In hard times, you need to make tough decisions for the sake of your business. Most important, you need the right people by your side. But how do you identify the people who will turn your business around? What are the key characteristics that make these "A-players" so critical?

I learned the hard way when the bubble burst in 2001 and my company LivePerson, like all other tech companies, was losing clients fast. We were forced to reduce our staff by more than half -- from 180 down to 80.

Against my board's advisement, I brought in a very experienced senior manager to assess what further action needed to be taken. We were in no position to be hiring outside staff, and while he may have had the skill for the job, as a newcomer not yet engaged in the company doctrine, the board questioned whether or not he'd have that internal drive and will to do the heavy lifting during hard times. Eight weeks later he (unsurprisingly) quit by clearing out his office, never showing up again. Our stock started trading below $1.

This downturn brought out a great divide among the remaining employees. Some were with me: determined and ever optimistic about our future. Others were wrapped up in negativity, exacerbating an already-unfortunate situation.

One morning, two trusted leaders and I walked over to our local watering hole to discuss how to save our company. We knew that in order to survive, we could afford to keep on only the A-players. Not every employee possessed both the skill and the will to do the job. We then decided to draw two columns next to the names of the remaining employees: one marked skill; the other, will. We debated these merits in all of our staff members. Then we went back to the office and made the difficult decision to dismiss anyone who didn't have a check in both columns. We may have had only a skeleton crew remaining, but each one of those people proved to be an A-player in establishing a foundation for the growth of our business. On the other side of the industry downturn, these A-players remained passionate team members, each leading successful teams and helping establish the vibrant culture we boast today.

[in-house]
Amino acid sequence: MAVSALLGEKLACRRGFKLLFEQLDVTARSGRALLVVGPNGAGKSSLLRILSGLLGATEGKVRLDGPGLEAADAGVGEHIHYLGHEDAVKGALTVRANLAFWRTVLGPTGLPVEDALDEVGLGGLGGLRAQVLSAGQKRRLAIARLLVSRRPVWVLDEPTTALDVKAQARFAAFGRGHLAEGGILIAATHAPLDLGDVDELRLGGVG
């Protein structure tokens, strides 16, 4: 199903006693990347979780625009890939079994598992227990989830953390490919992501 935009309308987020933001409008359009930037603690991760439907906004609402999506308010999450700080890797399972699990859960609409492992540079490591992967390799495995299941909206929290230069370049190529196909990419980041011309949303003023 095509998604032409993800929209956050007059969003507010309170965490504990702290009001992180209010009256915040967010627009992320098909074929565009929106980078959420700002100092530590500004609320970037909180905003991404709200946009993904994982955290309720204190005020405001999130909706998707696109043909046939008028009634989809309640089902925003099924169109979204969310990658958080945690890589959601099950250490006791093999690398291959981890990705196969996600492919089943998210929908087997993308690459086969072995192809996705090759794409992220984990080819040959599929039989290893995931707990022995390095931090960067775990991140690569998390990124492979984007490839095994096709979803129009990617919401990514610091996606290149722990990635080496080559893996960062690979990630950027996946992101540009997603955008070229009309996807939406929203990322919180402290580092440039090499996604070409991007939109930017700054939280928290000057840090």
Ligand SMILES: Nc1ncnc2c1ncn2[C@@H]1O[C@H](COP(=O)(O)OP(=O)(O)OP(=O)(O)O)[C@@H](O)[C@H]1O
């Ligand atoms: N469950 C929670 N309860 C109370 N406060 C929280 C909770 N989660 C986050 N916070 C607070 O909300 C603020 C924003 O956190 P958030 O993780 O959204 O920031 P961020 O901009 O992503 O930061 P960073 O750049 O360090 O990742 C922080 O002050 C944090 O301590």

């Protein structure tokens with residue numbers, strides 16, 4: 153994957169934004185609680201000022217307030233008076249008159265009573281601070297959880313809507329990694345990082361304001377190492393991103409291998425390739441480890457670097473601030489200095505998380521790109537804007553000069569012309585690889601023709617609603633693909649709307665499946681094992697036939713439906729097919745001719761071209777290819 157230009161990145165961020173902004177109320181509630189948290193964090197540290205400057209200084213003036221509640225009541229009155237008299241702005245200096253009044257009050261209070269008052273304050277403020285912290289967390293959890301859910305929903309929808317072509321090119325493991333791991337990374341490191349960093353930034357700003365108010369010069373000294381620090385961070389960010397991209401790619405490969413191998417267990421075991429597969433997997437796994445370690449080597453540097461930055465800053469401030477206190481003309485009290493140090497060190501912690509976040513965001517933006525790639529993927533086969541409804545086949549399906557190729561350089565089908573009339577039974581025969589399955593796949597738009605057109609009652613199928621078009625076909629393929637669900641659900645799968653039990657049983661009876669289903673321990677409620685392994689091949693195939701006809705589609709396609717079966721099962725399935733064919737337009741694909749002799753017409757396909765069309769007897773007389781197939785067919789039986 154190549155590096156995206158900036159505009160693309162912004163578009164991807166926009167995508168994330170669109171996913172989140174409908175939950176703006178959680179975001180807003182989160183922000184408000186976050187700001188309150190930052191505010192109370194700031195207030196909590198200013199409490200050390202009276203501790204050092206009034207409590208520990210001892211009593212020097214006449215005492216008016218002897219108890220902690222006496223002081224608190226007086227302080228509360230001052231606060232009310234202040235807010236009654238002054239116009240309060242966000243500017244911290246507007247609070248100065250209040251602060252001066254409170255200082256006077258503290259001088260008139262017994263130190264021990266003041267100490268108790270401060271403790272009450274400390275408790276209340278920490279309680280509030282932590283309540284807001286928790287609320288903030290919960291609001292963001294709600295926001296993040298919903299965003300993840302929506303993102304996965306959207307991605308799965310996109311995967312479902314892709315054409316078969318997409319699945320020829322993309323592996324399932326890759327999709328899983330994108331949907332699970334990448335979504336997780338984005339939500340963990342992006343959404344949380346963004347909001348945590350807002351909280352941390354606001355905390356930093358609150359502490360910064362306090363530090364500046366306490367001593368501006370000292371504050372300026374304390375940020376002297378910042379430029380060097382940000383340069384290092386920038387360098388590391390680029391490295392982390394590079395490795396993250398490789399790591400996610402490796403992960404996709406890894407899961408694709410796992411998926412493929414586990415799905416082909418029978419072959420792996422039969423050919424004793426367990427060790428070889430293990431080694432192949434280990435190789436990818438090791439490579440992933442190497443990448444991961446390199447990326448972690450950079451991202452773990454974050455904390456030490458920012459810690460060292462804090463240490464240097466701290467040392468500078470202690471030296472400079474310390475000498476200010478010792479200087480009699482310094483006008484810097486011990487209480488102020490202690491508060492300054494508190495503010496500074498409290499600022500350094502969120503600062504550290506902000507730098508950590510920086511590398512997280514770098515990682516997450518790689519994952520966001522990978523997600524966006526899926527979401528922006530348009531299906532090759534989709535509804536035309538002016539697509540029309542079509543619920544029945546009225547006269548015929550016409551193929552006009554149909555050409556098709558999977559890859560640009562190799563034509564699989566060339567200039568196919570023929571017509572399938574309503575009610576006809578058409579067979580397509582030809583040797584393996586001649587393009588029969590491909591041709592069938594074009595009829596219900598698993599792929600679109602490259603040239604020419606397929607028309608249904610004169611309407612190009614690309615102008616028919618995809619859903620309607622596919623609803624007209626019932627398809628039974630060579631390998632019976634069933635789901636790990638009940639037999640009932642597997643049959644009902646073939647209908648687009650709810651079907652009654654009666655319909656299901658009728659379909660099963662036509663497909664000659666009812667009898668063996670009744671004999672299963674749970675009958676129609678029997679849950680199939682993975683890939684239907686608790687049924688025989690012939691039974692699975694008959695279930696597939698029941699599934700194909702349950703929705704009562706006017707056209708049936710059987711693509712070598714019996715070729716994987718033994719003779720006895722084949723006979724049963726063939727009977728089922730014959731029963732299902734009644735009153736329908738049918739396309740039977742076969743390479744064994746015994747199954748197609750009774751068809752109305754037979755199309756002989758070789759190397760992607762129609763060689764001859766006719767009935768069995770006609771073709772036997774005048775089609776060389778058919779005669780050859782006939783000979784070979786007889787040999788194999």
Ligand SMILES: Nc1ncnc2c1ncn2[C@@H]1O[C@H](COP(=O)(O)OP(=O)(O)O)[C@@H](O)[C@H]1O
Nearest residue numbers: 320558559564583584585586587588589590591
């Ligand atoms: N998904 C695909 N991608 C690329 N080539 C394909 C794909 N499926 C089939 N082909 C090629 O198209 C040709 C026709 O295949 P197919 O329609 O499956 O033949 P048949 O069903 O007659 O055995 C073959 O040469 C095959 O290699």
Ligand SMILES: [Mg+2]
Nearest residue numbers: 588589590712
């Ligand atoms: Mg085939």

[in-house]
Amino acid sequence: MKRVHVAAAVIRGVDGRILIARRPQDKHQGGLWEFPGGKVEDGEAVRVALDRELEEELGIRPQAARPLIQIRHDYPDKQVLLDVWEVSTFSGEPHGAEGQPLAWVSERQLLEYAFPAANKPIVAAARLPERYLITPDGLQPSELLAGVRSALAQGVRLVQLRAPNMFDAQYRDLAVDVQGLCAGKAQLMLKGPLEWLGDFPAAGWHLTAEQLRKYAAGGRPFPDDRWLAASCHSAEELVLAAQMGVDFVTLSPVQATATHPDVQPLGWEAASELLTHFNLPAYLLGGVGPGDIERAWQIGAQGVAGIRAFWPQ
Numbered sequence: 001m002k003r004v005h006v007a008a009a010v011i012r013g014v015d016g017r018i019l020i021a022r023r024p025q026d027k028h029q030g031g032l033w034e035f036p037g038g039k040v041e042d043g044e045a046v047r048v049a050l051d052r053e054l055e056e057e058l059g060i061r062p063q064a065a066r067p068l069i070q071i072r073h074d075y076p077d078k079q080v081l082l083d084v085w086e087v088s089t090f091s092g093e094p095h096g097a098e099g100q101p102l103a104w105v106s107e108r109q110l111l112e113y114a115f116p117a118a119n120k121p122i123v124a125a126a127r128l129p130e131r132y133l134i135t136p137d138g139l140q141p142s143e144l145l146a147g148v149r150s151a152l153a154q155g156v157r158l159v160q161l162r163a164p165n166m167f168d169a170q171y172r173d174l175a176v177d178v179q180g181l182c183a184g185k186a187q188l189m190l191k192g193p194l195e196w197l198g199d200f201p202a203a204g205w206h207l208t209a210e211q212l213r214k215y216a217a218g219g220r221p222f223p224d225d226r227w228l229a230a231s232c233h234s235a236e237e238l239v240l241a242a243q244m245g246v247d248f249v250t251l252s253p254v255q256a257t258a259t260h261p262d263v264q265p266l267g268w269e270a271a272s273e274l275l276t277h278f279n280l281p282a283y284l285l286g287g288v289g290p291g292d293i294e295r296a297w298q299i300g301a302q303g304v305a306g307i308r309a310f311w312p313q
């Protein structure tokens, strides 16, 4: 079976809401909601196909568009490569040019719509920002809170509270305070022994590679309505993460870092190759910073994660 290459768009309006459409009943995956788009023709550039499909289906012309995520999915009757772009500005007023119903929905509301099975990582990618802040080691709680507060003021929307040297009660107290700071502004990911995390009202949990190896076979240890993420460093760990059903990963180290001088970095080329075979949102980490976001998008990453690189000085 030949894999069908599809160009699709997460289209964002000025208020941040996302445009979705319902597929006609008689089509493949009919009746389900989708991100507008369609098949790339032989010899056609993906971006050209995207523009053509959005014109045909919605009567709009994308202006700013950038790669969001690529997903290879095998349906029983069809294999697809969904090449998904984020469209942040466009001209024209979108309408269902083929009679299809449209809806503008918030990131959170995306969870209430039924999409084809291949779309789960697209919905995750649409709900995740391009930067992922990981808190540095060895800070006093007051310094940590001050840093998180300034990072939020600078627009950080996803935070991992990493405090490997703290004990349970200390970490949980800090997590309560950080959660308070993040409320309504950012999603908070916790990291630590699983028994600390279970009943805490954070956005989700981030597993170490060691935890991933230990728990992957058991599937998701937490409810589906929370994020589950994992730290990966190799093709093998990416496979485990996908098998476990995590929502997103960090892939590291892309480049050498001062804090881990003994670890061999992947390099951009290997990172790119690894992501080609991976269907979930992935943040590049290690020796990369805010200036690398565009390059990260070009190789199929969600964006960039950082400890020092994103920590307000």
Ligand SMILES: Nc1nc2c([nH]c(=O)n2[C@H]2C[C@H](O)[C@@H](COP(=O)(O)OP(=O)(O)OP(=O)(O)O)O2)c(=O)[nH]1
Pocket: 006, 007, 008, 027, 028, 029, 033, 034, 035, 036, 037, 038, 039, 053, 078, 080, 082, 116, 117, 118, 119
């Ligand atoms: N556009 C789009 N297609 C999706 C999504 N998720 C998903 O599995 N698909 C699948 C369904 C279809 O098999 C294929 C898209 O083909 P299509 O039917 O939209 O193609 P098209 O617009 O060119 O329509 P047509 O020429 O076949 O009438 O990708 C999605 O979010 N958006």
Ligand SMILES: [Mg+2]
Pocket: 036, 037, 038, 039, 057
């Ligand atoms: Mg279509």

To run an outstanding company, you need to be disciplined in evaluating your talent's skill and will. In the end, a leader's job is to make sure everyone is focused on a clear goal and has the tools to achieve it. It's easier to identify and fire the obviously poor performer, but most of the time we're faced with borderline employees. These four truths about A- vs. B-players can help you make the tough call.

1. A-players own both good and bad outcomes. B-players have a laundry list of excuses for why they're not performing.

An employee who owns up to his or her mistakes demonstrates self-awareness and personal responsibility -- both fundamental qualities of an A-player. Holding yourself accountable leads to solutions rather than prolonging the problem or repeating it over and over again. It also makes you relatable: Whether it's a senior manager or an entry-level employee admitting to a misstep, leaders should appreciate honesty, because we've all been there.

2. A-players try something new or different to correct their course. B-players stick to their comfort zone.

Mistakes happen. Sometimes, they even lead to great things! But when the outcome is less than optimal, A-players learn to adjust their strategy, even when the answer is not in their wheelhouse. Your best employees are willing to try something new when the first plan isn't working. B-players are unwilling or afraid to make necessary changes to create a better outcome.

3. A-players excite and motivate the people around them. B-players require motivation.

A-players start with high expectations and standards for themselves. They also impose them on their peers. Your best employees are eager to guide others along the path to collective success. In turn, people look forward to collaborating with A-players, which boosts morale and raises everyone's bottom line. Conversely, B-players often deliver the task at hand but will require extra motivation to go above and beyond. A-players can make it seem like you're not even working, whereas B-players can make everything seem like work.

4. A-players work to understand the ins and outs of their business. B-players know just enough to do the job.

"The A-player recognizes their fluctuating responsibilities, adapting to best solve problems," states Vick Vaishnavi in Forbes. "You'll never hear from them, 'That wasn't in my job description.'" A-players are actively involved members of your team, always working to better themselves and meet your end goals. They challenge your business and make it better. They also have the ability to view it from all standpoints and examine it from every angle. A designer can call out a flaw in strategy; a developer can weigh in on art direction, because they feel invested in the company. Your A-players want to understand all facets so they can help drive better outcomes. B-players are content with silos, and with the status quo.

There are entire teams and even companies dedicated to finding A-players. Learning how to grow and retain them is both art and science. These are areas I'll continue to explore in this column. But in the meantime, I challenge you, no matter what stage your company is at, to take a step back and see who on your payroll is driving the business forward. This is a critical and sometimes difficult step you need to take to achieve long-term success.